Moliang Jiang ’22 and Samarth Khanna ’22 LL.M. presented the Willis L.M. Reese Prize for Excellence in Teaching to Eric Talley, Isidor and Seville Sulzbacher Professor of Law. “Professor Talley goes the extra mile to make himself available and connect with students,” said Jiang. “He takes student ideas and concerns to heart and figures out ways to make learning easier for all. To many of us, Professor Talley is a passionate and devoted professor and a thoughtful and personable mentor.”
In his speech, Talley drew inspiration from a 150-year old contracts case, Raffles v. Wichelhaus, which involved two ships called Peerless. “I think this case serves as a reminder that no matter how peerless you think of yourself or your situation, reality is often much more complicated,” he said. “And let me be clear: If the label peerless applies to anyone, it’s this graduating class . . . . But by the same token, none of us is really, truly peerless. We all owe our trajectories, our fortunes, and our fates to countless other peers.” Talley encouraged the graduates to honor their mentors by becoming mentors to their peers as they progress in their careers: “Take pleasure in lending a hand to help them navigate their way, to confront hardships, and to make difficult choices. Celebrate their triumphs as though they are your own.”
David Pozen, vice dean for intellectual life and Charles Keller Beekman Professor of Law, announced some of the Law School’s most prestigious academic prizes. Alexandra Ann Nickerson ’22 and Marica LaRobbia Wright ’22 received the Samuel I. Rosenman Prize; Nickerson also won the E.B. Convers Prize; Susannah Rachel Cohen ’22 and Nina Jaffe-Geffner ’22 were awarded the Pauline Berman Heller Prize; the John Ordronaux Prize was given to Alec Schwartz ’22; the Walter Gellhorn Prize was awarded to Tristan Lockwood ’22 LL.M.; and Annel Becerra Rodriguez ’22 won the Campbell Prize.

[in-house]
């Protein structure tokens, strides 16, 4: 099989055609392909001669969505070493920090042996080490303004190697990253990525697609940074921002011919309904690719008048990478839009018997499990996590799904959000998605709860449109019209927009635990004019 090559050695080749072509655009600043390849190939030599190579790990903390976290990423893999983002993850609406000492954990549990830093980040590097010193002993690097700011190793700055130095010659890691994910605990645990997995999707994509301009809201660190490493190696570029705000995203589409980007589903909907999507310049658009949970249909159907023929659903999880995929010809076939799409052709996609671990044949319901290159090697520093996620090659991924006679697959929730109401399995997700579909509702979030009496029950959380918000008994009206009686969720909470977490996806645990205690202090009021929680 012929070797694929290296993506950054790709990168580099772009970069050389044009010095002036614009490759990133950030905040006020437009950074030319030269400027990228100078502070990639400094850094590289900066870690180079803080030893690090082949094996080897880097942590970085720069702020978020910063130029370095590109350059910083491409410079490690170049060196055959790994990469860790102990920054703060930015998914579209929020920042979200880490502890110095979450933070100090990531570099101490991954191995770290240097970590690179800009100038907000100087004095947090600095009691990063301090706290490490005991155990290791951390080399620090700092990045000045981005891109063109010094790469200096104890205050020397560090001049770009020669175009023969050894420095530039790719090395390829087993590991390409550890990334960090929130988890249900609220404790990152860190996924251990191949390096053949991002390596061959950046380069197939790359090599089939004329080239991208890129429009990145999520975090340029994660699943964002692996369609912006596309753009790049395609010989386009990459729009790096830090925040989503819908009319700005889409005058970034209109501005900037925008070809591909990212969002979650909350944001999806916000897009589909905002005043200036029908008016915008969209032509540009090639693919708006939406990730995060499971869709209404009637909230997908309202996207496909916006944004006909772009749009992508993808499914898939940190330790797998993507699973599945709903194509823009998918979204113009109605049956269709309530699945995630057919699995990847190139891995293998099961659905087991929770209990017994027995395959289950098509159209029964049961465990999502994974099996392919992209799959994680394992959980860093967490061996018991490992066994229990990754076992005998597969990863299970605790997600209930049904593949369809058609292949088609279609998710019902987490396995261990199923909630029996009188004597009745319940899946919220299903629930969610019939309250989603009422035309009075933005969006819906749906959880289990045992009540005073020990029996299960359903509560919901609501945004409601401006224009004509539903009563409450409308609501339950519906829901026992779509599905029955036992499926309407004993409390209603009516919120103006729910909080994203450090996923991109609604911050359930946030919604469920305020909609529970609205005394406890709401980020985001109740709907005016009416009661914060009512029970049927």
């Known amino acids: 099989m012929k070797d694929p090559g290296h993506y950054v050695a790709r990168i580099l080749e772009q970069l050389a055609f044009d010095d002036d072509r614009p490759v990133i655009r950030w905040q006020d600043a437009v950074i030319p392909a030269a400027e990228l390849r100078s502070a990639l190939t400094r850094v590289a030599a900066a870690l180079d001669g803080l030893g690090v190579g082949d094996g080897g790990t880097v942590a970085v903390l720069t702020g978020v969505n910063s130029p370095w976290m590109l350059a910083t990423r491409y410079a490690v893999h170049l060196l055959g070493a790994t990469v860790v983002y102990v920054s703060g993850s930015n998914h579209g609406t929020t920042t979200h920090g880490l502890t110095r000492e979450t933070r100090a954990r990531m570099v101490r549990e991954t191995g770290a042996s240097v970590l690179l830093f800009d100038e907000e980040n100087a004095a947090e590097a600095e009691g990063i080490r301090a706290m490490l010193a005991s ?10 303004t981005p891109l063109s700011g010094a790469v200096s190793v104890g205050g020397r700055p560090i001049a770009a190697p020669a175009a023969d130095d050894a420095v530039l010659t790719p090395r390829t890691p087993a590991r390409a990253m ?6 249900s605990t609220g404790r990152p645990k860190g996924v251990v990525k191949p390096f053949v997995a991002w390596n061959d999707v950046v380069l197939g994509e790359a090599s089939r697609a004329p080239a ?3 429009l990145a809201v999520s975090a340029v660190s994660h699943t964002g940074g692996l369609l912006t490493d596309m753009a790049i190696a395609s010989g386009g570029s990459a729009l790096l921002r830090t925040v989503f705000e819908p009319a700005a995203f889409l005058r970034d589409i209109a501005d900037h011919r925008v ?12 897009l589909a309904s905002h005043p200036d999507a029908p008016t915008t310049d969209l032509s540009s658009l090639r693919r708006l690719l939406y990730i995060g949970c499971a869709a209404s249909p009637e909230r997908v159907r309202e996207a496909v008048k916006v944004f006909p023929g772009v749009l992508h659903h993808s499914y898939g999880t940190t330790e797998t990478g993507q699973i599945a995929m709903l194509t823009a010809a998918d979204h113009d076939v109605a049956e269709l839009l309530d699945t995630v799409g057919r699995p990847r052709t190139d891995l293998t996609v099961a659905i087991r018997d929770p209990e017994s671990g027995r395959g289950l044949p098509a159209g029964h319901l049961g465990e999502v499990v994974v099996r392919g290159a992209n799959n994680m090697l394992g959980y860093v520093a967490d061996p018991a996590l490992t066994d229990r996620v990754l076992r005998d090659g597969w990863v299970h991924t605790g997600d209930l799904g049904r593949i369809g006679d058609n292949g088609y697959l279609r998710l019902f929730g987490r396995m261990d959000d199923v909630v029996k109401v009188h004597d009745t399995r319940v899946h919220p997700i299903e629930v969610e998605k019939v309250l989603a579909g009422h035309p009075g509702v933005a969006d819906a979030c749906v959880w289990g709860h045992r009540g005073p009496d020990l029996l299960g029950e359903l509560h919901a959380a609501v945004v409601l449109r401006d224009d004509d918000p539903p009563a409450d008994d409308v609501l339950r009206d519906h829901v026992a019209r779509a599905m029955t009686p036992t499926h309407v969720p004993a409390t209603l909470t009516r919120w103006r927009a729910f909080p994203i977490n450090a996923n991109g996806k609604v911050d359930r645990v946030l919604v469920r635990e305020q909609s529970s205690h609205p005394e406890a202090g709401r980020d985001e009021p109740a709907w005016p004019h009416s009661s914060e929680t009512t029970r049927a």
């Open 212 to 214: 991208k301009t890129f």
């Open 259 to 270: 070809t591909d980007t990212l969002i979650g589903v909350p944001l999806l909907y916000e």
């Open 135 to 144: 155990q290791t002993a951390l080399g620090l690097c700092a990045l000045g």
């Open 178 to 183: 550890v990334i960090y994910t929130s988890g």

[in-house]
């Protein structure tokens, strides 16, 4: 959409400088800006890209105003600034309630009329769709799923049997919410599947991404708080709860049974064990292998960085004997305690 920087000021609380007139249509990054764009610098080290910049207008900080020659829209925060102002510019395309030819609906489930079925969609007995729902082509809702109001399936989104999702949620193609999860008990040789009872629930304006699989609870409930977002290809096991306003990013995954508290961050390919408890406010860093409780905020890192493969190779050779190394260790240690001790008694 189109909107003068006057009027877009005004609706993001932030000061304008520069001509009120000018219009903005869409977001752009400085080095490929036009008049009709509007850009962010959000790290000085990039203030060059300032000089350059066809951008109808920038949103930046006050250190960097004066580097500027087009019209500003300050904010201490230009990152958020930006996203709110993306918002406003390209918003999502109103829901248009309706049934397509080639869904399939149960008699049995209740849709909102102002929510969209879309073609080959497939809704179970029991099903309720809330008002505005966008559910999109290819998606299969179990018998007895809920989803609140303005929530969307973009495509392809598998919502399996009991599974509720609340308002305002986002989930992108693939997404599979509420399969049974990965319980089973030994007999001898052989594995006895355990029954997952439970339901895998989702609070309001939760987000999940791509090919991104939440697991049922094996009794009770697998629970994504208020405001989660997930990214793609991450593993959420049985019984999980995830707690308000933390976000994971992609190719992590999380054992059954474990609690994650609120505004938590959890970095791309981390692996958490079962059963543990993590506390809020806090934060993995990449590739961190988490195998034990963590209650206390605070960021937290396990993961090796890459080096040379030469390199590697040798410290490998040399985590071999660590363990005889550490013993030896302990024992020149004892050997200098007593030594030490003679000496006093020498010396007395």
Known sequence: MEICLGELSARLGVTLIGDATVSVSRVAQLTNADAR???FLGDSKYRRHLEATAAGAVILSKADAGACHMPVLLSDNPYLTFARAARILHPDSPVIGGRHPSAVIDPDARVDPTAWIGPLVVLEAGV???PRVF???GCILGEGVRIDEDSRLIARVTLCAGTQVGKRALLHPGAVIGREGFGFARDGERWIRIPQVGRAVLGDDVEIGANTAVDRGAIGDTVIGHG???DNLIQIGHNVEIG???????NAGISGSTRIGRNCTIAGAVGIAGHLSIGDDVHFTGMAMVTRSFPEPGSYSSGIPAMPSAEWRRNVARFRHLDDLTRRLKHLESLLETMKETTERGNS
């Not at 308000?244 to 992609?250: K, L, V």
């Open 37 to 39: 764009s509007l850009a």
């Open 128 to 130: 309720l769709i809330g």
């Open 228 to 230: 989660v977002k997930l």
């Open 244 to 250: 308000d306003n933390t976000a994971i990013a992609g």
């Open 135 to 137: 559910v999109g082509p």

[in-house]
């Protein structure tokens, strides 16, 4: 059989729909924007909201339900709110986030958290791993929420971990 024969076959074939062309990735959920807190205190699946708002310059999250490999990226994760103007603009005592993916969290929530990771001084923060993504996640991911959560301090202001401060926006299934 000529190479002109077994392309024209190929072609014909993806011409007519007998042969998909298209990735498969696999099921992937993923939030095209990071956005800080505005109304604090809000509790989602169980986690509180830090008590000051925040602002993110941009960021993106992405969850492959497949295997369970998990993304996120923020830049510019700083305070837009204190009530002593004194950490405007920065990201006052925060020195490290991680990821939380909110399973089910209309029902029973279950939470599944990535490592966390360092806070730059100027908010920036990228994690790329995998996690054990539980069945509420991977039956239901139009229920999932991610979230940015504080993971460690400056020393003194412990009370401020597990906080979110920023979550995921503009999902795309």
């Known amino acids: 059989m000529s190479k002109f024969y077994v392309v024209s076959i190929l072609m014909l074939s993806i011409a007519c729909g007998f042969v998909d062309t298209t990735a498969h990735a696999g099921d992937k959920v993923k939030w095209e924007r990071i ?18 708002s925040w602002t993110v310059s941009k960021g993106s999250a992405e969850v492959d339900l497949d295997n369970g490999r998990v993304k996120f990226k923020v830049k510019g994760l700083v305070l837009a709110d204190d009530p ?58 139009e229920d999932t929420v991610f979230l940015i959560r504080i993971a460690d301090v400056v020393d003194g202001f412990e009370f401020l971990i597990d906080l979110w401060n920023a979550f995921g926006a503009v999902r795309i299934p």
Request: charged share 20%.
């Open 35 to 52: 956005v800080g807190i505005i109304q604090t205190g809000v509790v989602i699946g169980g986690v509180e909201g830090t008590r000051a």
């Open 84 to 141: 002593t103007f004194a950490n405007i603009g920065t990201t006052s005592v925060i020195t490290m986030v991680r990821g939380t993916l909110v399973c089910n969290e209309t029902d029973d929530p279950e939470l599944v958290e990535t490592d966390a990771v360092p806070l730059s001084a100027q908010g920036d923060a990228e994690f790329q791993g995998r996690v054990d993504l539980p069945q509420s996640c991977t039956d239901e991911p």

Rebecca Chacon Naranjo ’22 LL.M., the LL.M. graduation committee co-chair, announced that Kenneth L. Stein ’62—co-chair of his class’s 60th reunion and a former member of the Law School’s Board of Visitors—had made a gift “in honor of every member of the Columbia Law School Class of 2022,” which will help alleviate the unanticipated financial needs of current and future Columbia Law students.
Andrew Yang ’99—the first Asian American to run for the Democratic presidential nomination and the first candidate to popularize the idea of universal basic income—delivered the keynote address. “I still remember when I was in your shoes, and I’m told that one of the reasons I’m here tonight is due to student voting. So thank you for that. It’s the first election I’ve ever won,” he said to much laughter.
“Make the most of your degree by testing people’s belief that you know what you’re doing,” Yang said. “Find a problem to solve that’s significant enough that you can care about it for years and work hard on it gratefully and have confidence that if you do what you want and work hard at it, the market will follow you, not the other way around. It’s no exaggeration to say that the future of civilization may rest on the choices you all make. So find that voice inside you, apply yourself with the same energy you have to reaching your goals thus far, and I have no doubt that you’ll do great things.”
After the speeches, students crossed the stage and received a Columbia Law School bookmark from Dean Lester as their names were announced by Nkonye Iwerebon ’93, associate dean and dean of admissions; Yadira Ramos-Herbert, associate dean of student and registration services; Jill Casal, executive director, Office of Graduate Degree Programs; Petal Modeste, associate dean for professional development, graduate degrees, and executive education; and Julie Sculli, assistant dean, Office of Graduate Degree Programs.
The ceremony ended with an abundance of hugs and tears, and the evening concluded with a reception for the graduates and their guests on Ancell Plaza.